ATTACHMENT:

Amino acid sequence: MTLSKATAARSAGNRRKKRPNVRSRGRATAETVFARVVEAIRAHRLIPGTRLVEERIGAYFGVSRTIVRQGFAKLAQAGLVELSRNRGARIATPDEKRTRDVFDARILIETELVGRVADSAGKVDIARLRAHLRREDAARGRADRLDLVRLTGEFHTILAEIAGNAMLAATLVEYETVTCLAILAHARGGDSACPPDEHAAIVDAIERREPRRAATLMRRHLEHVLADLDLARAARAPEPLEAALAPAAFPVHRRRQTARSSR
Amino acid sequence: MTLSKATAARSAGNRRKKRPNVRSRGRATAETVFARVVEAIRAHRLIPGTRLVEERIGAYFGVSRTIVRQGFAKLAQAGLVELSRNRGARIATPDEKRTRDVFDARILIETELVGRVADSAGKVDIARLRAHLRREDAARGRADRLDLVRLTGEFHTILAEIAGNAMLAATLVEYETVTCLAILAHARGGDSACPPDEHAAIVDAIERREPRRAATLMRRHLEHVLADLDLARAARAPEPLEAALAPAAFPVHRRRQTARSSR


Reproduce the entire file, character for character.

Amino acid sequence: MTLSKATAARSAGNRRKKRPNVRSRGRATAETVFARVVEAIRAHRLIPGTRLVEERIGAYFGVSRTIVRQGFAKLAQAGLVELSRNRGARIATPDEKRTRDVFDARILIETELVGRVADSAGKVDIARLRAHLRREDAARGRADRLDLVRLTGEFHTILAEIAGNAMLAATLVEYETVTCLAILAHARGGDSACPPDEHAAIVDAIERREPRRAATLMRRHLEHVLADLDLARAARAPEPLEAALAPAAFPVHRRRQTARSSR
Amino acid sequence: MTLSKATAARSAGNRRKKRPNVRSRGRATAETVFARVVEAIRAHRLIPGTRLVEERIGAYFGVSRTIVRQGFAKLAQAGLVELSRNRGARIATPDEKRTRDVFDARILIETELVGRVADSAGKVDIARLRAHLRREDAARGRADRLDLVRLTGEFHTILAEIAGNAMLAATLVEYETVTCLAILAHARGGDSACPPDEHAAIVDAIERREPRRAATLMRRHLEHVLADLDLARAARAPEPLEAALAPAAFPVHRRRQTARSSR